Smartcast for nullable variable properties


#1

After writing several projects using Kotlin I still cannot understand why this design decision has been made. I mean disallowing smartcast for nullable variable properties.


I will try to explain why it is so bad.

  1. You need variable properties in your classes. This is true unless you are writing in pure functional language which is not our case.
  2. You need some of them to be nullable occasionally. One may say that you can use some kind of Optional for that. But this, firstly, is unnecessary overhead over just a nullable value which exists for the same reason. And the most important, secondly, does not have any principal difference with nullable type, and, if the compiler would be aware of it, it could say “Smart cast from Optional<T> to T is not possible because it might be changed since isPresent() was called”.
  3. Every time you access your variable in your class, you are sure that you can do it safely here, either by ensuring it is done in one thread or under some kind of synchronisation. All the code in the world which uses variables and does not have race bugs there, is such. I understand that under this design decision probably was some idea about helping to prevent race bugs for variable access, but it does not work. The compiler actually cannot detect if there is a race, and that’s the reason why it always prohibits smart casting of variable properties. And while it does not help to prevent them, it really hurts making all such code full of !! (wedge-writing, brainfuck-style, name it as you like), making it ugly and less readable. Most probably another reason (and the only “useful” effect) is that !! ensures that in case the value is null, Kotlin nice NPE is thrown instead of not-invented-here vanilla Java NPE. That’s, honestly, is absolutely no point for me personally, but the same check still can be done under the hood on each access to smart-casted nullable variable, just remove !! from the code in this case.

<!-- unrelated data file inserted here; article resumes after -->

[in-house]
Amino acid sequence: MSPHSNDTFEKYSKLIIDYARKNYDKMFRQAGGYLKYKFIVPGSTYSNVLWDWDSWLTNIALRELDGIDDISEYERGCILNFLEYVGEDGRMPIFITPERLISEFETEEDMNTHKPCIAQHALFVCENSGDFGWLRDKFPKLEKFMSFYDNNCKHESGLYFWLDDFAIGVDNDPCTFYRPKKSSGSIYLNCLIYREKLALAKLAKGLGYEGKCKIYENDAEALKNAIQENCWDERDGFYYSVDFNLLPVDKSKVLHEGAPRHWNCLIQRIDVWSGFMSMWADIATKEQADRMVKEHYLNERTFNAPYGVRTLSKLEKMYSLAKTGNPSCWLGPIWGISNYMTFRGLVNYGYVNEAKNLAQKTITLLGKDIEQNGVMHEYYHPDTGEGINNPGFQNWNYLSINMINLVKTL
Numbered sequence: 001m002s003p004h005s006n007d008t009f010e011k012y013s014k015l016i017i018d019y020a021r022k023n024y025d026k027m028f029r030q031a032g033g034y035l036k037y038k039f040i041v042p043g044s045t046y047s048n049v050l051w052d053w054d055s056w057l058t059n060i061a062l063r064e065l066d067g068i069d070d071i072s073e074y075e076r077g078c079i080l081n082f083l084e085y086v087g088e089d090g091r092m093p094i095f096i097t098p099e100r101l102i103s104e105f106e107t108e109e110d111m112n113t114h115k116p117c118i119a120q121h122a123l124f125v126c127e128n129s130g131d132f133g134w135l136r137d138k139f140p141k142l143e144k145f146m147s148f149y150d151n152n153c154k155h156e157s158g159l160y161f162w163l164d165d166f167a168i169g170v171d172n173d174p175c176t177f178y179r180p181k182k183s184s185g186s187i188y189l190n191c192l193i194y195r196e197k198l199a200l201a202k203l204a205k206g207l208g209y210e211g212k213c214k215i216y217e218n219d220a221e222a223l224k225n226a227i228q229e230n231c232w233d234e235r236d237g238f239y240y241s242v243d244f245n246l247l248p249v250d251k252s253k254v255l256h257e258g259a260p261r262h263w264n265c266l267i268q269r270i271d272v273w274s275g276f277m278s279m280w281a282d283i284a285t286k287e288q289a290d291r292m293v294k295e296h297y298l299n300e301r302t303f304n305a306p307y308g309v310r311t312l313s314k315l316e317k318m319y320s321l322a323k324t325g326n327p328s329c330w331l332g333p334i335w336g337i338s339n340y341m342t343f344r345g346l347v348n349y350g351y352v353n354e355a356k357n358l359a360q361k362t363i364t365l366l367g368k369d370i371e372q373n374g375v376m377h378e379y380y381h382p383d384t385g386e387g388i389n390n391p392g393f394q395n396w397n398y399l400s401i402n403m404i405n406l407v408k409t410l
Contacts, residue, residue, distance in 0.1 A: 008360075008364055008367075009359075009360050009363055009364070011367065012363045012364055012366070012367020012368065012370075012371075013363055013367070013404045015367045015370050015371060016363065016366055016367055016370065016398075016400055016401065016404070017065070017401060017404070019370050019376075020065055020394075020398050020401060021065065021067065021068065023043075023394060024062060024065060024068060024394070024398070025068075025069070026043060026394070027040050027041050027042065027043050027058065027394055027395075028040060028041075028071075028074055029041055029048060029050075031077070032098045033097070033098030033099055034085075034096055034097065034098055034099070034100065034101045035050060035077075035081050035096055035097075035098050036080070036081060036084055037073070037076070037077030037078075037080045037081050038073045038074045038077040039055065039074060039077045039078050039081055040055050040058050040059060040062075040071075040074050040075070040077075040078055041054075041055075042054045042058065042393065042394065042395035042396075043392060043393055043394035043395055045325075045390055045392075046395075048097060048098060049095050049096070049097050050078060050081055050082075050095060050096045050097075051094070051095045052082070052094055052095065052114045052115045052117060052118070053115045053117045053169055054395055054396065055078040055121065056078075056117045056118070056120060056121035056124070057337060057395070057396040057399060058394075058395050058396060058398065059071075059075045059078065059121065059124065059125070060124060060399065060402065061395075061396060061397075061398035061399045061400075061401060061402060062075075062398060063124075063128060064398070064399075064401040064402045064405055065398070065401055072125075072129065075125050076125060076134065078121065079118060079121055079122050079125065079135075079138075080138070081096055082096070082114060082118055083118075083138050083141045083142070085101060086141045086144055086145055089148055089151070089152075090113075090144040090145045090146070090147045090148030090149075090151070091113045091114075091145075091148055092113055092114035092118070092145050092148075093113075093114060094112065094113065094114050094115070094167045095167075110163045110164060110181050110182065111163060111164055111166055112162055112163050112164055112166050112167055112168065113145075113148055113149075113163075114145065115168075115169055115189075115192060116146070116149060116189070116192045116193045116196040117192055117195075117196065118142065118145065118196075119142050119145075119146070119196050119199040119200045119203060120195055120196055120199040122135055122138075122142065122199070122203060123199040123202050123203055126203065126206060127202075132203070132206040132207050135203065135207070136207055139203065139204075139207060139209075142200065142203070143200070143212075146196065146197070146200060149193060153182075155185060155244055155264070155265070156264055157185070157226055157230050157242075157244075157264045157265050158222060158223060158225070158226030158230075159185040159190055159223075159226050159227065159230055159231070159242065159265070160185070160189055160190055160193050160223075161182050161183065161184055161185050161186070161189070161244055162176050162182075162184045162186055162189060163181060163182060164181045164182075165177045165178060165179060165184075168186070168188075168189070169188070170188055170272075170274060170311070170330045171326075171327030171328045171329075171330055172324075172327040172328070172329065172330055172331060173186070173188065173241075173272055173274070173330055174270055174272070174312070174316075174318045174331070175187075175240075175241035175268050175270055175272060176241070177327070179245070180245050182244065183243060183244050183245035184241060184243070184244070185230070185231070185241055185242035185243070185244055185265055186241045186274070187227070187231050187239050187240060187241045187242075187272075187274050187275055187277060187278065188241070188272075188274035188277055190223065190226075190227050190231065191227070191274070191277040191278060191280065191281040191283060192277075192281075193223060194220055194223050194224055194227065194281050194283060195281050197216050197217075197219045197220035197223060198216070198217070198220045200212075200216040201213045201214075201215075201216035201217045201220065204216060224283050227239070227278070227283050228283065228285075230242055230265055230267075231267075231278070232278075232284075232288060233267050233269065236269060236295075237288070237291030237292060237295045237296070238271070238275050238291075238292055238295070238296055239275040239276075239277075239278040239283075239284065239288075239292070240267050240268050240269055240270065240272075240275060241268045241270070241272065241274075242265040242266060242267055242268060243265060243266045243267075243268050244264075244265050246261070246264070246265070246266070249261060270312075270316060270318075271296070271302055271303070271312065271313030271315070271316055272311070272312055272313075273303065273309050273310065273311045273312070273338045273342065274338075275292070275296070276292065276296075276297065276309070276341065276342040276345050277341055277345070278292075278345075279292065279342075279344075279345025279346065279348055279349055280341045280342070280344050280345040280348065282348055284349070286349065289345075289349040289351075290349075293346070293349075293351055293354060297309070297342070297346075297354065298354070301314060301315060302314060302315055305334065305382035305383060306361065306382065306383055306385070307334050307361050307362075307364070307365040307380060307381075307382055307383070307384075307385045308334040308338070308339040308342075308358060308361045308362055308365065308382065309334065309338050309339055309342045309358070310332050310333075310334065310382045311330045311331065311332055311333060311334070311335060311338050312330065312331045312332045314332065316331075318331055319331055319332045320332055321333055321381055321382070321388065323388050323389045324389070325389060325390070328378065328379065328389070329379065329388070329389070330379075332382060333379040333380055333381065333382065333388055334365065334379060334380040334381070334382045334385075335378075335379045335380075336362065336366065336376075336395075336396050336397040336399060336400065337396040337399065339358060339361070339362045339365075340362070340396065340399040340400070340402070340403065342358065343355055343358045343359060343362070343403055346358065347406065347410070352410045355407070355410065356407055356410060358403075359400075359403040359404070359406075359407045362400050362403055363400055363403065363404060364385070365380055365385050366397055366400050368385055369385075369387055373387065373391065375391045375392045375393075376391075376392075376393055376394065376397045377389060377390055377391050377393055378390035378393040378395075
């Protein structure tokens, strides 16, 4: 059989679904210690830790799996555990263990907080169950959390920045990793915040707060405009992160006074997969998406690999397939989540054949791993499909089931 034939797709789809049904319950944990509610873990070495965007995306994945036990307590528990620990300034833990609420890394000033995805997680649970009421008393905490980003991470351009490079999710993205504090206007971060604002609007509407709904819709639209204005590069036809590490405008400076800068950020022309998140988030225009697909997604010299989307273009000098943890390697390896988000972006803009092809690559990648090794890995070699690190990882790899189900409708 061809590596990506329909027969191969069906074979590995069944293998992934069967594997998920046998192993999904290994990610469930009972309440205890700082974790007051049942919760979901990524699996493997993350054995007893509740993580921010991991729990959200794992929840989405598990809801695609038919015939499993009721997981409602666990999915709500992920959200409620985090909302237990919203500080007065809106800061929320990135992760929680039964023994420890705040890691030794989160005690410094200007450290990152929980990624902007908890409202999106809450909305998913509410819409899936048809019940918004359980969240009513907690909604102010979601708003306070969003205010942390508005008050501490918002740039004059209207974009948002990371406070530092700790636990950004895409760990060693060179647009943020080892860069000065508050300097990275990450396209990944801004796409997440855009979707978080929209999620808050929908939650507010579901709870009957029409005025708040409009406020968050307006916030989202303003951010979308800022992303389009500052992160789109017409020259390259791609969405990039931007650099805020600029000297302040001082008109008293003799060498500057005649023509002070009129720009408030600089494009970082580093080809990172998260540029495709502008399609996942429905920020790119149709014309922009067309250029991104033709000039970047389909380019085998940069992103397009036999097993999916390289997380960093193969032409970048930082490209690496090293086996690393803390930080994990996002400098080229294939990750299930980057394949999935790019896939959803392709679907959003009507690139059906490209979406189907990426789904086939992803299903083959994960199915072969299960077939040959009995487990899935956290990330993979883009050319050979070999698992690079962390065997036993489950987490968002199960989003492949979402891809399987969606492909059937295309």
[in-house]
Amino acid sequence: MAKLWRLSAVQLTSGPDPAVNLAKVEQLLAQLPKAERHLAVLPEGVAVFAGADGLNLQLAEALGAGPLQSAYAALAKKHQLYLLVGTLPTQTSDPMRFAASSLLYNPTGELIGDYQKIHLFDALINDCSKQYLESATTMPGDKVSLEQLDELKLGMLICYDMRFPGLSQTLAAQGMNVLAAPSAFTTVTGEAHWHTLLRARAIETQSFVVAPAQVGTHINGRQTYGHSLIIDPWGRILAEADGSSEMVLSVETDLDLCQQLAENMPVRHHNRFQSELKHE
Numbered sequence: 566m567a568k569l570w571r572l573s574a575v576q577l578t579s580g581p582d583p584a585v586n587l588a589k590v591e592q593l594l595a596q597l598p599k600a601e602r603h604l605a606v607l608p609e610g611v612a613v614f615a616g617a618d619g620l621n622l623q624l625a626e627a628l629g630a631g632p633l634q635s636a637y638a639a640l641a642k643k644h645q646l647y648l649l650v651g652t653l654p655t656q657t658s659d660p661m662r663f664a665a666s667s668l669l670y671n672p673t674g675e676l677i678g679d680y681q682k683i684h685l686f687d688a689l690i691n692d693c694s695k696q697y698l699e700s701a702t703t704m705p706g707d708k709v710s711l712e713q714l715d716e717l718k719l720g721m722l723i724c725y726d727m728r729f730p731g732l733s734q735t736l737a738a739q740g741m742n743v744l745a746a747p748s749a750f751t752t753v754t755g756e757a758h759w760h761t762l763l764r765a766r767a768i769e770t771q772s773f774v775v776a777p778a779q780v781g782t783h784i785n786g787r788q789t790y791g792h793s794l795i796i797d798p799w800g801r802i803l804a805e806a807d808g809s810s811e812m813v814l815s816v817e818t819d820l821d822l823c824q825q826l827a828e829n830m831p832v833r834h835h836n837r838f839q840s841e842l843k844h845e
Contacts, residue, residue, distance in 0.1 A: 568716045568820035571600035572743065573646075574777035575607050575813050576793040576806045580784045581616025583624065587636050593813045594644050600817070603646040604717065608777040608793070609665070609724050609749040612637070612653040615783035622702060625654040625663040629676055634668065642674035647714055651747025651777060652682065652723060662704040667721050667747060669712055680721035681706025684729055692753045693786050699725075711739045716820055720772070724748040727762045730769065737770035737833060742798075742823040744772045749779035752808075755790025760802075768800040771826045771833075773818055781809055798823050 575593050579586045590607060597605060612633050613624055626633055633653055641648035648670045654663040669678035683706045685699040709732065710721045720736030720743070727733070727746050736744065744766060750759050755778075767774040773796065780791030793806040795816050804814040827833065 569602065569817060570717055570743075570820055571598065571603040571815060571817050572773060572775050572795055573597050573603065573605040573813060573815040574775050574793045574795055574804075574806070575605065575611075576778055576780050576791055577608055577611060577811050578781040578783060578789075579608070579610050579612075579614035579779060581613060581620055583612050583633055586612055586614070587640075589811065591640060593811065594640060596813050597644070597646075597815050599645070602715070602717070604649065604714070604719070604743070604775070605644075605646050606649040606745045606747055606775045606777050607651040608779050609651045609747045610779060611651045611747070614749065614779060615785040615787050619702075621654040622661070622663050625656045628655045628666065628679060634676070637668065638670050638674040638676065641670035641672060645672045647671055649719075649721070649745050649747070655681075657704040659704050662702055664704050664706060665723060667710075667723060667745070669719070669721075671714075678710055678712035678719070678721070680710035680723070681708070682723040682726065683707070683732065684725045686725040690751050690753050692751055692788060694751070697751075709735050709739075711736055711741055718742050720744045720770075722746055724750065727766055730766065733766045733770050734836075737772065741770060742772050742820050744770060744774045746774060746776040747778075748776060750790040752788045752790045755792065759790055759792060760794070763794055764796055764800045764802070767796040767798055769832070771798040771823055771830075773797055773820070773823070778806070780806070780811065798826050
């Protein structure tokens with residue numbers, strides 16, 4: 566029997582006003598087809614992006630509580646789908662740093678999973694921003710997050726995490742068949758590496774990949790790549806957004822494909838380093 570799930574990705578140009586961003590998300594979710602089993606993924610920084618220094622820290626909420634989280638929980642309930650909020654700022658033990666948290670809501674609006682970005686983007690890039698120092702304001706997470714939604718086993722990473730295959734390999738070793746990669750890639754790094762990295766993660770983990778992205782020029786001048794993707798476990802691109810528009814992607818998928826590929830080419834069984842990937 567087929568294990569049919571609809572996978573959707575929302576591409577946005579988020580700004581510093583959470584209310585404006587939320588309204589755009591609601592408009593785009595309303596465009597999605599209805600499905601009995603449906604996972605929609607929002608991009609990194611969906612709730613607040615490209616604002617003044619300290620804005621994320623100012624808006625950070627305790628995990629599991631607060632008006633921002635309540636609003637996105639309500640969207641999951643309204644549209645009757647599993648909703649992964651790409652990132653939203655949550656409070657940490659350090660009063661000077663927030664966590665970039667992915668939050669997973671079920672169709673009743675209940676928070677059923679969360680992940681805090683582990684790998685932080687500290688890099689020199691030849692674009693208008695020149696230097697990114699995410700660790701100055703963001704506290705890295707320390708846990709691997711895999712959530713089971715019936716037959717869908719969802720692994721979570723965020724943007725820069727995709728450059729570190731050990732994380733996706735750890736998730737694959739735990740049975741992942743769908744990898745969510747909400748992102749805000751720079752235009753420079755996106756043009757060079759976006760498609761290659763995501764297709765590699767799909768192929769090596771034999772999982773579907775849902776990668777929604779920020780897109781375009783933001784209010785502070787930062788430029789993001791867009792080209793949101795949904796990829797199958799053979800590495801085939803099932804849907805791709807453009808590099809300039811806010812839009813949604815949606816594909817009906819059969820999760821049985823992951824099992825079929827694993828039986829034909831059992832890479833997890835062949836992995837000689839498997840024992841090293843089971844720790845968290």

What do you think, people? Am I alone with this pain?


#2

The thing to do here is use let:

maxSize?.let{ 
    it > 500
}

That cast might not be possible because, as the tooltip says, the value might have changed. If it did the cast you’d have a ClassCastException in code which apparently doens’t do any casting.


#3

This is just one example which BTW has else branch as well. I know, it can be combined also with Elvis operator. But if I need several values in one expression? Nested “let”'s? Using let(), also() and others is also decreasing code readability comparing with just a regular use of smart-casted values.

That cast might not be possible because, as the tooltip says, the value might have changed.

I understand, probably you did not get the point (have you read below the code example?). The cast is not possible because of controversial design decision which I am trying to discuss for possible change.


#4

I was about to link this post until I realized you were the original poster of that topic as well.

This design limitation makes sense and should not change. Allowing non-final variables to be smart cast is unsafe. Yes, race conditions are one concern but it’s also the least of the concerns. The real issue is any side effect that would cause the value to change.

In your case, you should perform an unsafe cast of your object. This is what you’re wanting the compiler to do for you, unsafe smart-casts.

Of course, you could also change your code to be safe by capturing the non-final variable using a local variable or closure, but that’s not directly addressing your proposal for unsafe smart-casting.


#5

Allowing non-final variables to be smart cast is unsafe. Yes, race conditions are one concern but it’s also the least of the concerns. The real issue is any side effect that would cause the value to change.
In your case, you should perform an unsafe cast of your object .